casting .03125" script words in graphite with aluminum
I made a graphite mold with 1/32" em slots but getting the metal into the pockets has turned out problematic. I'm considering milling a cover plate with journals to transmit the aluminum to one end of a word while venting at the other end. The pockets are script words, so there will be multiple paths for the metal to follow.
How much height of pressure from my crucible would be enough to force the aluminum through to the vents or should I consider some other form of pressure?
At present, am considering a stainless enclosure that reroutes the flame from around the sides of the graphite plate, back inward above it to a center graphite "drilled" crucible mounted to the top plate.
I'm using discarded EDM graphite and I have one that's about 8 inches long that I could drill out for a crucible but if that's not enough height for this situation, it'd be a lot of time wasted.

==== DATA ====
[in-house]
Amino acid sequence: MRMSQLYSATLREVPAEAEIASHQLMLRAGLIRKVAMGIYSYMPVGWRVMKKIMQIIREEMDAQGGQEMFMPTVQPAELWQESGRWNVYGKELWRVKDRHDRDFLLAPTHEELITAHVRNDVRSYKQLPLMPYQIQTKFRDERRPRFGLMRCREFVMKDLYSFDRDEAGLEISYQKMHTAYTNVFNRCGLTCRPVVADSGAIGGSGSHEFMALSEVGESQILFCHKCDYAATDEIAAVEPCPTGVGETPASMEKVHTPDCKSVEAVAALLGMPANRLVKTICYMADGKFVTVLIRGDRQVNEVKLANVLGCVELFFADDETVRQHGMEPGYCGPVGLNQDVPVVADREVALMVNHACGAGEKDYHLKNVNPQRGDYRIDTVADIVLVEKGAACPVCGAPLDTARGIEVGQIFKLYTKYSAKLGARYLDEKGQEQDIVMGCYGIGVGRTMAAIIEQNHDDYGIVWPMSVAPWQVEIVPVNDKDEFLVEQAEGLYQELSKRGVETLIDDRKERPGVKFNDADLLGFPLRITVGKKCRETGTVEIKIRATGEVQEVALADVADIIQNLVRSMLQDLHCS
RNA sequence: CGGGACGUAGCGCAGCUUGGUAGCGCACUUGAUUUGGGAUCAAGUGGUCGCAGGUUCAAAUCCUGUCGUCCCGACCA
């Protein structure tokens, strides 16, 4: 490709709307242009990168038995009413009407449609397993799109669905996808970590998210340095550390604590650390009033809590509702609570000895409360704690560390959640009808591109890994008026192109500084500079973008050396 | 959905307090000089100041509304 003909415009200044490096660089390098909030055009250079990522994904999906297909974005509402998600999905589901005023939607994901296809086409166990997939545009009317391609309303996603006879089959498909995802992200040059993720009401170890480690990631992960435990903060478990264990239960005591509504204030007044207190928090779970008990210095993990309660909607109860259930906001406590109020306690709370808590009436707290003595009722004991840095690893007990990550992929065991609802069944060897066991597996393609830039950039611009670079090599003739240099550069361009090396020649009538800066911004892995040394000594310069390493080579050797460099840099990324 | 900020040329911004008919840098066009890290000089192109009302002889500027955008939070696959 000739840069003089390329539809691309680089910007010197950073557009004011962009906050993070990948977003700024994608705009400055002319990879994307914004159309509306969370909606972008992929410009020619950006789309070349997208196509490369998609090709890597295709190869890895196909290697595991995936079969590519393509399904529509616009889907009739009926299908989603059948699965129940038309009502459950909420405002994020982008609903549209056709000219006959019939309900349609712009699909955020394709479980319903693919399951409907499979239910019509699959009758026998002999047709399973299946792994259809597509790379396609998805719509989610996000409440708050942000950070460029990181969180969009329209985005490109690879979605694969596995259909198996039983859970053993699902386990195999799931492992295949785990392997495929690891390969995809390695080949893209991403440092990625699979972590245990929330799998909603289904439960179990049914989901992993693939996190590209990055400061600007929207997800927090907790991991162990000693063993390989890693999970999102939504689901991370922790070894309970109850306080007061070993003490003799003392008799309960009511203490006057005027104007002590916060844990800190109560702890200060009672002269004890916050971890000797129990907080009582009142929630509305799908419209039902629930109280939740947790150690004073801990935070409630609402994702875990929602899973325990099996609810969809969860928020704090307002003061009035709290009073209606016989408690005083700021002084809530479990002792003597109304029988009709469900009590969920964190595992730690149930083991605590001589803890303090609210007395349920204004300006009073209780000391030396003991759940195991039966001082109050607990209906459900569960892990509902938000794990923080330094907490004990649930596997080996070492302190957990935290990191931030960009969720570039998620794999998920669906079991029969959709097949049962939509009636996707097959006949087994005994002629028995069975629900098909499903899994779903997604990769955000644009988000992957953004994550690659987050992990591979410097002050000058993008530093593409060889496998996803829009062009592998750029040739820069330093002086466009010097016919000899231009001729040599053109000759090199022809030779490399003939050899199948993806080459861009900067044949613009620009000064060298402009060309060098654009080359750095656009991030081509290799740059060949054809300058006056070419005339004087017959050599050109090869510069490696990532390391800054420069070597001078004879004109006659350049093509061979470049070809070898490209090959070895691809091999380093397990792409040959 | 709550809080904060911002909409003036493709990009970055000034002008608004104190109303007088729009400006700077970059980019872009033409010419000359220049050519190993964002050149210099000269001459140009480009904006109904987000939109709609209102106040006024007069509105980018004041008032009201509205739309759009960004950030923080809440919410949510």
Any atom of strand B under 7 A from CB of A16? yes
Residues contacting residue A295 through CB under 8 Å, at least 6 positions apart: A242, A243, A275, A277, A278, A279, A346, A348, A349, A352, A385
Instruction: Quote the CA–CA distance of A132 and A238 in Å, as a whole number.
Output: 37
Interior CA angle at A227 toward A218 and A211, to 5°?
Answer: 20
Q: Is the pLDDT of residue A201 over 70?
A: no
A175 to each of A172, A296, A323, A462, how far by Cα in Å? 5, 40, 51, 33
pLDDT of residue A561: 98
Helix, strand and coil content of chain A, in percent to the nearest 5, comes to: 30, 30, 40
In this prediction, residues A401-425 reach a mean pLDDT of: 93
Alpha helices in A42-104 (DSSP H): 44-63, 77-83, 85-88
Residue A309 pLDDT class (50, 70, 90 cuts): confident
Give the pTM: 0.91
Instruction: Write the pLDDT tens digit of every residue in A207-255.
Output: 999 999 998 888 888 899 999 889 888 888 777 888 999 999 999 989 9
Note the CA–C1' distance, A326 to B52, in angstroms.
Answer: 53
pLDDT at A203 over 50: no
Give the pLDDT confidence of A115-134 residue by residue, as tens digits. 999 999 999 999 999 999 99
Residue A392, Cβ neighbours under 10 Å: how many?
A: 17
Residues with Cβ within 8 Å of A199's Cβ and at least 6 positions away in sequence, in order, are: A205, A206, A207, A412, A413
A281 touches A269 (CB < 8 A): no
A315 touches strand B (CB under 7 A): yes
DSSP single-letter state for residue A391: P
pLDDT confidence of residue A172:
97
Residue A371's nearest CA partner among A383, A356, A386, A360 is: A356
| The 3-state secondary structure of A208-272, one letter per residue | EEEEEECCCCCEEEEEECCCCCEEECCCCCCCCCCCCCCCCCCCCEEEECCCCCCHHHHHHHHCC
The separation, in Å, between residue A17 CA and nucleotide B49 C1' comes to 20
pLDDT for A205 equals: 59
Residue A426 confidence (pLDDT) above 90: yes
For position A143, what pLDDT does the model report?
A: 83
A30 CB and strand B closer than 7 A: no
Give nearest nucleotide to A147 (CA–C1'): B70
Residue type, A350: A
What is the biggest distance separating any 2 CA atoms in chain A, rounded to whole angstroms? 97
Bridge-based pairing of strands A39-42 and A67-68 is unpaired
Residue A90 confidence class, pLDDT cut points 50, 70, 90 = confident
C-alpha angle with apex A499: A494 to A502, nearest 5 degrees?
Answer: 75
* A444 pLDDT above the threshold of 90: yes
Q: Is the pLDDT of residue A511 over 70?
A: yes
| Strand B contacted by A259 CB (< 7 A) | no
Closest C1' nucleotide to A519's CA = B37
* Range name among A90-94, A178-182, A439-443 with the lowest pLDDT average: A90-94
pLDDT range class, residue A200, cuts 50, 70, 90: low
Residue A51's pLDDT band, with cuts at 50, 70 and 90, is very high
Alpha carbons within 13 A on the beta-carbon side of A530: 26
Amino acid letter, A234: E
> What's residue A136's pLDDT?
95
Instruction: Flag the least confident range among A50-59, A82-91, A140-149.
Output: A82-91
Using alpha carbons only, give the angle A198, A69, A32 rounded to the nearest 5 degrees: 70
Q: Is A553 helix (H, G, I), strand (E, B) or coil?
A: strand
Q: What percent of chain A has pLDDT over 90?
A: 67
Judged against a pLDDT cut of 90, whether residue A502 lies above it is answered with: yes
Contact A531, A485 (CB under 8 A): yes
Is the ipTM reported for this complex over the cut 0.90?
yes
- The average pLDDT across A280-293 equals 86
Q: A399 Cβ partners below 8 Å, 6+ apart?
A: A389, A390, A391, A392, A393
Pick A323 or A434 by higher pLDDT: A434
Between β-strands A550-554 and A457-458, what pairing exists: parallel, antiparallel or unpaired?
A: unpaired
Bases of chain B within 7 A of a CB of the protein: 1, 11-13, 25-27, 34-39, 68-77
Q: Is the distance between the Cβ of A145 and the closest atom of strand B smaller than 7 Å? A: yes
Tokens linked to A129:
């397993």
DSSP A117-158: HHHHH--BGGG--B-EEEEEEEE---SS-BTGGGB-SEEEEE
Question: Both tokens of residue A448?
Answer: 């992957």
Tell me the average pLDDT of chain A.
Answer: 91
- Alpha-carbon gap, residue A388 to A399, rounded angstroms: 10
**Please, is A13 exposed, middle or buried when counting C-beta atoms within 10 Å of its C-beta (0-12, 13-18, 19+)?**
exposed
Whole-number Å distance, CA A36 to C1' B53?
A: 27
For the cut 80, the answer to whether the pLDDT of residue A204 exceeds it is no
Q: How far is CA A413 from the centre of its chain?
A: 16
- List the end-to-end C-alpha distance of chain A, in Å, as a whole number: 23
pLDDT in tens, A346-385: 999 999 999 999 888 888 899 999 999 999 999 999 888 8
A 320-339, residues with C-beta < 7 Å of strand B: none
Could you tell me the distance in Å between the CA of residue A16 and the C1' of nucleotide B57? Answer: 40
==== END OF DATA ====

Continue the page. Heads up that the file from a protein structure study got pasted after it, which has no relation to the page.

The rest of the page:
Any thoughts or alternate ideas?
Re: casting .03125" script words in graphite with aluminum
I actually used 3 graphite plates, ~.150" thick each. Bottom plate with letter pockets sits directly over flame. Second plate has v cut-thru slots that I put cut lengths of .070 aluminum wire into for melting. Top plate was for physical pressure against wire to aid melting, as well as a cover to keep oxygen from causing too much slag and mold oxidation. Bottom plate got cherry red. Second plate somewhat less. Top was red only in center. The proposed stainless shield re-route of heat would improve the upper plates heat I think. My propane tank was nearly empty so I didn't get a very long burn.